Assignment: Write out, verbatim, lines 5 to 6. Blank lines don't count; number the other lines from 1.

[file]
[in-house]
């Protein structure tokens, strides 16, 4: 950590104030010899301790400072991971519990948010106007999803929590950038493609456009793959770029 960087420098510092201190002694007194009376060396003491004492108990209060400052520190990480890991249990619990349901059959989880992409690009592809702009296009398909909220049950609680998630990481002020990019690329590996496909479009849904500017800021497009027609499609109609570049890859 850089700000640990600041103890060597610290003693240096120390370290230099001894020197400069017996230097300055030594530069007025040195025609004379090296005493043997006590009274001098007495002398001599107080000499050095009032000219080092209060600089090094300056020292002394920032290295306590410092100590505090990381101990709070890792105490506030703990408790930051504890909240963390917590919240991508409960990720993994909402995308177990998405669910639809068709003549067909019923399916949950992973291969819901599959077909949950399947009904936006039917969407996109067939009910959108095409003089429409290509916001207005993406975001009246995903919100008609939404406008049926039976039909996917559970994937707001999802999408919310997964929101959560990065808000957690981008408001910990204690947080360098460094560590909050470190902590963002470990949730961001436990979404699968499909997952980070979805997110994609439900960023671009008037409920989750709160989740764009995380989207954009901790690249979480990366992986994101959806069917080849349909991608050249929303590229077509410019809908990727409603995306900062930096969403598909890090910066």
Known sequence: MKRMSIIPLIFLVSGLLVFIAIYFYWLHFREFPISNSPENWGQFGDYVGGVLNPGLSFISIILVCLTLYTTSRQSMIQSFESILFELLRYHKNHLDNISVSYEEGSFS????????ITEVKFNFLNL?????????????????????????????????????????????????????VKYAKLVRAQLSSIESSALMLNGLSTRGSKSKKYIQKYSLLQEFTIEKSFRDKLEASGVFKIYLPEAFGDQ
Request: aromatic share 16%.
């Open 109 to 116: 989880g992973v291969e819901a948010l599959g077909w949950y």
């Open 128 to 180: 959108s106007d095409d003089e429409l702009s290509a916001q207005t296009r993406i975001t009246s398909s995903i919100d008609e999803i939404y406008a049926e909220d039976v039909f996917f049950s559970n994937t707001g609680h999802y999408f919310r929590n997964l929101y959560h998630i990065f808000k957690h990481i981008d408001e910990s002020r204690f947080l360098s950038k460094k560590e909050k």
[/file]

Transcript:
């Open 109 to 116: 989880g992973v291969e819901a948010l599959g077909w949950y």
């Open 128 to 180: 959108s106007d095409d003089e429409l702009s290509a916001q207005t296009r993406i975001t009246s398909s995903i919100d008609e999803i939404y406008a049926e909220d039976v039909f996917f049950s559970n994937t707001g609680h999802y999408f919310r929590n997964l929101y959560h998630i990065f808000k957690h990481i981008d408001e910990s002020r204690f947080l360098s950038k460094k560590e909050k």